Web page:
When Saturday Night Live was new, Chevy Chase took to wearing a T-shirt that said, “Yes, that’s my real name.” That’s because everyone thought it was a goof on the Maryland city of the same name.
Kurt Vile hasn’t yet resorted to that, but the moody, Post Punk/Neo Garage Rock retro-modernist sure has answered a lot of questions about his name since his first major-label release, Childish Prodigy, came out last year on Matador Records. (He had two previous releases.) It’s just too close a surly twist on Kurt Weill — the German composer of toughly political musicals like The Threepenny Opera — for coincidence.
“My parents didn’t even know when they named me about Kurt Weill,” Vile says by phone. “But I’m stoked about my real name. It has a, quote-unquote, ‘Punk Rock vibe.’ ”
Vile — with some form of his back-up band, The Violators — opens for Fucked Up Monday night. His album has received wide praise for its dense, textured production and for the spookily hypnotic vibe of songs like “Freak Train” and “Hunchback.” His voice has traces of Tom Petty or Mick Jagger, but the tone is darker and more febrile, like Roky Erickson or The Cramps.
As his solo career has taken off, Vile has had to cut back on his activities with the Philadelphia band The War on Drugs, for which he was the lead guitarist.
He took part in that band’s label debut, 2008’s Wagonwheel Blues on Secretly Canadian, and is best friends with its leader, Adam Granduciel.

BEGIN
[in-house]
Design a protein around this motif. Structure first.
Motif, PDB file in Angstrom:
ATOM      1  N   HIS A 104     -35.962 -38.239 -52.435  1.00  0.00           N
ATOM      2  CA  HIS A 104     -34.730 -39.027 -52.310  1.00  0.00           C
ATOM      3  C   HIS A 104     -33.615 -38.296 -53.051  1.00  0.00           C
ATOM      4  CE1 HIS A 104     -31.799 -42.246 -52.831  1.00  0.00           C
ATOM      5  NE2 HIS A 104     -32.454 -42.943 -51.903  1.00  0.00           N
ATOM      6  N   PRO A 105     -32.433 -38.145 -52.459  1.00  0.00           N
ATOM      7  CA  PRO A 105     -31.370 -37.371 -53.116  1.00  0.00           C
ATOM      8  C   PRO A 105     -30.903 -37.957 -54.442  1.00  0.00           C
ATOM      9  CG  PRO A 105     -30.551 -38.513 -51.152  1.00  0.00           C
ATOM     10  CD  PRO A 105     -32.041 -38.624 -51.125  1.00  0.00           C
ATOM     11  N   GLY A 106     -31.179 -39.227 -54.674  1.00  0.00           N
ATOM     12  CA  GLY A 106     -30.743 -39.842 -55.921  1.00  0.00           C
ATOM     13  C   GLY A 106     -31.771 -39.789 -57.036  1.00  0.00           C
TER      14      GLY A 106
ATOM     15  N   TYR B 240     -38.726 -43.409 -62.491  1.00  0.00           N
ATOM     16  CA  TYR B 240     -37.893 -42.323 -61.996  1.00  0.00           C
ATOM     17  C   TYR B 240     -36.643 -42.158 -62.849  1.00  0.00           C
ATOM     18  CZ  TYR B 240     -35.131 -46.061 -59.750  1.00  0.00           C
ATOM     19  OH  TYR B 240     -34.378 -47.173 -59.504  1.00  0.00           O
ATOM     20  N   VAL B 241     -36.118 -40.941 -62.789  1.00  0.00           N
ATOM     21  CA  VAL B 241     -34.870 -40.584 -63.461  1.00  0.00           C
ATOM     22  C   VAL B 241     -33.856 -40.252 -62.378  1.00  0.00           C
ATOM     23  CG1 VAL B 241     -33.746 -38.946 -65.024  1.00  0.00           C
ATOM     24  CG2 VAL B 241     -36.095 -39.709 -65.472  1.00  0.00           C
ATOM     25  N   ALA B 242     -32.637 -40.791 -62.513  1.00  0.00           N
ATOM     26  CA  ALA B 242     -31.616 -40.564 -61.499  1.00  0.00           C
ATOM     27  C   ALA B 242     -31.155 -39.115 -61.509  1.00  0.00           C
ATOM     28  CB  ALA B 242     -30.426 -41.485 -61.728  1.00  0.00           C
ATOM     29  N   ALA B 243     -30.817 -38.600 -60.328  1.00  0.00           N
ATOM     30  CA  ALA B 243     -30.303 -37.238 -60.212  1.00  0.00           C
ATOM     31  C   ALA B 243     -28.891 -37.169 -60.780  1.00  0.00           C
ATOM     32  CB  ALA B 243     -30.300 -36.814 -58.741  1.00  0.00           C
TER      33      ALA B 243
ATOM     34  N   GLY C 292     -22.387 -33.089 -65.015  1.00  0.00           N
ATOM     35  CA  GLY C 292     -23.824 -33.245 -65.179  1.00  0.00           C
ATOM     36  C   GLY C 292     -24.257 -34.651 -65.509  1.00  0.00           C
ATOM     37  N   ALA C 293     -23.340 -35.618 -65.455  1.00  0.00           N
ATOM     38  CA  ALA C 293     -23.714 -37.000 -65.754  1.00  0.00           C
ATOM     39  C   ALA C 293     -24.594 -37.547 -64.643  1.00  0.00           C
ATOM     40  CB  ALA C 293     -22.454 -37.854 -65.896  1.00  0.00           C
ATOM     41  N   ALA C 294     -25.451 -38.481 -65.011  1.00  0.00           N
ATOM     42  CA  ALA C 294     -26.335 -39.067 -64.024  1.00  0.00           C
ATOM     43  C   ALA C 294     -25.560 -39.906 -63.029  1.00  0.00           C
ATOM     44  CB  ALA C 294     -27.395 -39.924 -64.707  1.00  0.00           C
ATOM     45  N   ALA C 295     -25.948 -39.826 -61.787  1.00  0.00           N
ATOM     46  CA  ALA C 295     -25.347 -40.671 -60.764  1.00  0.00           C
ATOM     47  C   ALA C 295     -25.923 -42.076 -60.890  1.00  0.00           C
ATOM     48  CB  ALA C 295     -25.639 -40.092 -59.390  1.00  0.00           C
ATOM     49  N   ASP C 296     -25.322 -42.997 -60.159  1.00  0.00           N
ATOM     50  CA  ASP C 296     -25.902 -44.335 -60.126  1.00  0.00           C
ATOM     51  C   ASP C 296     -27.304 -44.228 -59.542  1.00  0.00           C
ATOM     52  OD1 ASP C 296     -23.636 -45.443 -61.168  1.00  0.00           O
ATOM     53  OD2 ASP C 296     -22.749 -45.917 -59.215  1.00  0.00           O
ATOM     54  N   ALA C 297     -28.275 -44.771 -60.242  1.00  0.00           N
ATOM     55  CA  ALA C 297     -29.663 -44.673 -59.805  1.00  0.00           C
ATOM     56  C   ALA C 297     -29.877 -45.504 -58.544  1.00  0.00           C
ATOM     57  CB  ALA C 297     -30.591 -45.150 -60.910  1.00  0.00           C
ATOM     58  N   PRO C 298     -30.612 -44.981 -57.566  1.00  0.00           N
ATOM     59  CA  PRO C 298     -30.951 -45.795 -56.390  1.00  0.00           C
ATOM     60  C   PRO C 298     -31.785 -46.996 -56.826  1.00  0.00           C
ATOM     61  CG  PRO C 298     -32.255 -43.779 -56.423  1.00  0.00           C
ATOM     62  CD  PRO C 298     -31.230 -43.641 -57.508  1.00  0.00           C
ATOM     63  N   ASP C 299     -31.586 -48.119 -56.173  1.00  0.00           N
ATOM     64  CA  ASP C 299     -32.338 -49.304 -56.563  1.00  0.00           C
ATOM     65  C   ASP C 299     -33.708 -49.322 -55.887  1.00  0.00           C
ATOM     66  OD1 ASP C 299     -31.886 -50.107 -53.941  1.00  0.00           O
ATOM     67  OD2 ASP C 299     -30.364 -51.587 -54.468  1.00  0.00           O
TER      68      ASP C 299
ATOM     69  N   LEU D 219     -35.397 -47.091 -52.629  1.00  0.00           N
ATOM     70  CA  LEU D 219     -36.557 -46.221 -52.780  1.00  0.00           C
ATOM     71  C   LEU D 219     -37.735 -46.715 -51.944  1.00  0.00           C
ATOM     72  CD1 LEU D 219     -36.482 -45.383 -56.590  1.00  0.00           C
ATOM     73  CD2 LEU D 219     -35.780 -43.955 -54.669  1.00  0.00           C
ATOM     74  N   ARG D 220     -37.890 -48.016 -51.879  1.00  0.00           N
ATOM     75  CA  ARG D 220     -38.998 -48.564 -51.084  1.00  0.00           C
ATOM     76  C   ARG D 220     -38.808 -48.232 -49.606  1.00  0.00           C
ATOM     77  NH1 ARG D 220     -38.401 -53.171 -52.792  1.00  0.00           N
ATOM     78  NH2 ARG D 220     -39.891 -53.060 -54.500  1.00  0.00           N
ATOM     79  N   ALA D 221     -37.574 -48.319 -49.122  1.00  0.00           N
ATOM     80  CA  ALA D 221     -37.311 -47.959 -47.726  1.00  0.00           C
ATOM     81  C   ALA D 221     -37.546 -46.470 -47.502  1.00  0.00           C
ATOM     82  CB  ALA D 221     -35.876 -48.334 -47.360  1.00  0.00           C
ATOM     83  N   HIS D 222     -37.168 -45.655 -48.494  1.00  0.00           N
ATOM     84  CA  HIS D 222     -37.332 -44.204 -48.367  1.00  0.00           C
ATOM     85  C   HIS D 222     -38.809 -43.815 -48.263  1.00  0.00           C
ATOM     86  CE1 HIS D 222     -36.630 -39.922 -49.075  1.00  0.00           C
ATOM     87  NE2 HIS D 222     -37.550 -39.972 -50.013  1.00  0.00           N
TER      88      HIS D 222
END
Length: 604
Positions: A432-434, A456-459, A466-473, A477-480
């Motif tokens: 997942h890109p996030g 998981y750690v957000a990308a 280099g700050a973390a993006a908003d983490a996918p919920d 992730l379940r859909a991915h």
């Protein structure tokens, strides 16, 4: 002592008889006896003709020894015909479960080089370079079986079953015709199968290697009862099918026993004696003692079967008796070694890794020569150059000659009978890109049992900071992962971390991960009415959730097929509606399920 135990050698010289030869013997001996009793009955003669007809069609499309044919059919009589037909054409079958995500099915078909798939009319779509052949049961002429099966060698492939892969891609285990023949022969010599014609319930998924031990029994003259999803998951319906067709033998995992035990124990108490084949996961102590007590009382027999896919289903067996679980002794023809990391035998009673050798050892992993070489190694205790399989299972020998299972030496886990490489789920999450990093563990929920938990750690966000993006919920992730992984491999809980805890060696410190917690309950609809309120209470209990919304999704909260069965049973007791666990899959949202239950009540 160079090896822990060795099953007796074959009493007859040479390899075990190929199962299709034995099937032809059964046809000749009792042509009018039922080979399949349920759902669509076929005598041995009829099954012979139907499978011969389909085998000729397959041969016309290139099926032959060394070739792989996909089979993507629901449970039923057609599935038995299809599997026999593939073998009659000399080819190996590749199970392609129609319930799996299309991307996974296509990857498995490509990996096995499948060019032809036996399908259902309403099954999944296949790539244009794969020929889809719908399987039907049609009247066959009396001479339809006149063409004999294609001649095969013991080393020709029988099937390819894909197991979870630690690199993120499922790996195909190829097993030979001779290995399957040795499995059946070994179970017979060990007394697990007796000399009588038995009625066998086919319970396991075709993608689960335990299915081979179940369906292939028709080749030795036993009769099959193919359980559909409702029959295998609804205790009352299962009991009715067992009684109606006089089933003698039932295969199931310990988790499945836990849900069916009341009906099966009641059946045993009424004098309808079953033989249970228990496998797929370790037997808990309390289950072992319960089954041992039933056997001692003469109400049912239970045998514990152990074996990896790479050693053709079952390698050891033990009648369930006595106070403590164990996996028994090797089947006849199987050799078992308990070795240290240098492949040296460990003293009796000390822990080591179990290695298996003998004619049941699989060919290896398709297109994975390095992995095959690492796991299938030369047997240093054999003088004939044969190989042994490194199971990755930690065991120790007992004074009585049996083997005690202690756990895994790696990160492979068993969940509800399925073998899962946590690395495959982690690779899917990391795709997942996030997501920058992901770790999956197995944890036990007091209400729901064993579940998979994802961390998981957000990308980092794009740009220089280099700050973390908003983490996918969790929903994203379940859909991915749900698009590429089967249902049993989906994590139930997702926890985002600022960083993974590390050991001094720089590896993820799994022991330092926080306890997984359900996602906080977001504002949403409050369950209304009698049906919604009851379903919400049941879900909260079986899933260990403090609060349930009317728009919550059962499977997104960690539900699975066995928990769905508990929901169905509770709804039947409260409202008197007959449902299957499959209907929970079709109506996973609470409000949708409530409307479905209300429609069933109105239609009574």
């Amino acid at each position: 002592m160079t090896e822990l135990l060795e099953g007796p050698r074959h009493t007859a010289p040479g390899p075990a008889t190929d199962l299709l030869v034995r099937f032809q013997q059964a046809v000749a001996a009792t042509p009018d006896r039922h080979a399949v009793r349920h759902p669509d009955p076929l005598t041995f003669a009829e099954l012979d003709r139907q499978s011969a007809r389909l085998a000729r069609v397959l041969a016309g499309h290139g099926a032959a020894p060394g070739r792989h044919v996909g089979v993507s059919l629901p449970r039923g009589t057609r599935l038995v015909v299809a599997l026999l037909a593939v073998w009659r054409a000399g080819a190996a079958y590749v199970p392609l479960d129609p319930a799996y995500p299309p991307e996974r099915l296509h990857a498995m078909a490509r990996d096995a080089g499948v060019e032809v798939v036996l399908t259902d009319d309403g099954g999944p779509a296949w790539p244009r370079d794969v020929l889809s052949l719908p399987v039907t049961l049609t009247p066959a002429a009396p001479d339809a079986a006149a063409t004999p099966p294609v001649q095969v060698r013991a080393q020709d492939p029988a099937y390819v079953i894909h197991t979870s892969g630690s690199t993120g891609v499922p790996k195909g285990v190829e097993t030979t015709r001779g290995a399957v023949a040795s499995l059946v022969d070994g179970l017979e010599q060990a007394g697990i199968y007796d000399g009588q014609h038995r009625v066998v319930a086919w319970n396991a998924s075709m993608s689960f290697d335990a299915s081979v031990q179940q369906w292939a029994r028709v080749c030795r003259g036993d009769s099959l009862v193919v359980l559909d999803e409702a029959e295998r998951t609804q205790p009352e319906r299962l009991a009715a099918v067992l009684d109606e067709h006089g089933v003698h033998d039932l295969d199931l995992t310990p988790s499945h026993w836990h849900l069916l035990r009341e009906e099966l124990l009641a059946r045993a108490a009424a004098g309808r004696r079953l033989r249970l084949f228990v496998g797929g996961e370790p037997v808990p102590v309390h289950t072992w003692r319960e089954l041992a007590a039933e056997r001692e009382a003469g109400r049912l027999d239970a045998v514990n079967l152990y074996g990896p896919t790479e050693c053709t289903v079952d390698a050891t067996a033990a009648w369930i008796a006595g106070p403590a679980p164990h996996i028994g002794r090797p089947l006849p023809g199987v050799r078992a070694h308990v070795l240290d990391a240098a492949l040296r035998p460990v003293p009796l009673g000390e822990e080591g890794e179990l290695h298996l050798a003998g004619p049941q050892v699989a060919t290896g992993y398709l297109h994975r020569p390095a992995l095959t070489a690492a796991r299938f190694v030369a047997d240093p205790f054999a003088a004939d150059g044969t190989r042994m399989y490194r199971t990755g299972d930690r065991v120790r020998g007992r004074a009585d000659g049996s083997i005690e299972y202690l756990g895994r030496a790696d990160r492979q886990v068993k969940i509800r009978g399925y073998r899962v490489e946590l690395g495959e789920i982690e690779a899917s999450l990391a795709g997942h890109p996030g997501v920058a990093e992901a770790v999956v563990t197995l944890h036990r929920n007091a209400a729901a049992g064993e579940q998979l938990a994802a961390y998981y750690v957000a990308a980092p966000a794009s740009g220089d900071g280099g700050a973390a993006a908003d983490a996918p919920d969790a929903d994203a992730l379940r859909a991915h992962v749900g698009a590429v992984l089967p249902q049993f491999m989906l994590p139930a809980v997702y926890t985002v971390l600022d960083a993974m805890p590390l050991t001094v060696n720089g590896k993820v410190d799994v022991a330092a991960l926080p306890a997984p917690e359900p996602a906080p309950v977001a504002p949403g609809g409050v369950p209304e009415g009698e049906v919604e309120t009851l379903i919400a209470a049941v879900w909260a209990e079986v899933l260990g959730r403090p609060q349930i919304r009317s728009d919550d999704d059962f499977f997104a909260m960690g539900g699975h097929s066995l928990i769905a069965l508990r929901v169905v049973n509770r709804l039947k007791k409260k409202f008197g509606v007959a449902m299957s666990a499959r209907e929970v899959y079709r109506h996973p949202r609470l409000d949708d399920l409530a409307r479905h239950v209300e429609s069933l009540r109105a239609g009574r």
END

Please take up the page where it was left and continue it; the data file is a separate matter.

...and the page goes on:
“Once that album came out, I went on the first tour to Europe and then they went along without me for a while,” he says. “Adam has been on most of my Violators tours as well, but he’s working on a new record. As far as my own time, basically I’m working on my own thing.” (Steven Rosen)
What’s up, Canada? How do you keep spawning really good bands? The latest northern export to make its mark down here is Fucked Up, a mysterious, constantly evolving seven-year-old outfit that often lives up to its name (pictured).
FU’s 2008 breakthrough album, The Chemistry of Common Life, is a dense, epic slab of Hardcore Rock that's both heavier and more complex than the genre’s typical output. The Toronto sextet — whose performing aliases include immense frontdude Pink Eyes, guitarist 10,000 Marbles and bassist Mustard Gas — takes subversive glee in tweaking the playbook: How many Hardcore bands would open an album with the sound of a single flute floating innocently through the air?
FU knows the value of dynamics, and the moment when said opening track, “Son the Father,” moves from a slow build to the outright chaos of Pink Eyes’ piercing scream amid slashing, corrosive guitars will have less adventurous listeners running for the hills. The rest of Chemistry kicks nearly as much ass, shifting from the throbbing “Magic Word,” which brings to mind Les Savvy Fav on a Jger bender, to “Looking for God,” a moody, stripped-down instrumental that wouldn’t be out of place on the soundtrack to Jim Jarumsch’s existential western Dead Man.
The band’s stream-of-consciousness lyrical concerns are just as varied, running from elemental stuff like bones and milk and stones to scathing critiques of organized religion (“It’s hard enough being born in the first place — who would want to be born again?”).
Pink Eyes — whose bald head, near-300-pound frame and gruff, ozone-penetrating voice brings to mind the love child of Tim Harrington and King Kong Bundy — often dominates the band’s live shows with a genial, audience-engaging demeanor that belies his appearance. And while he’s likely to again be the center of attention when FU takes over the Southgate House on Monday, don’t overlook the impressive rumble conjured by his banal-by-comparison bandmates — even if they make it all look so effortless. (Jason Gargano)
(Buy tickets, check out performance times and get venue details here.)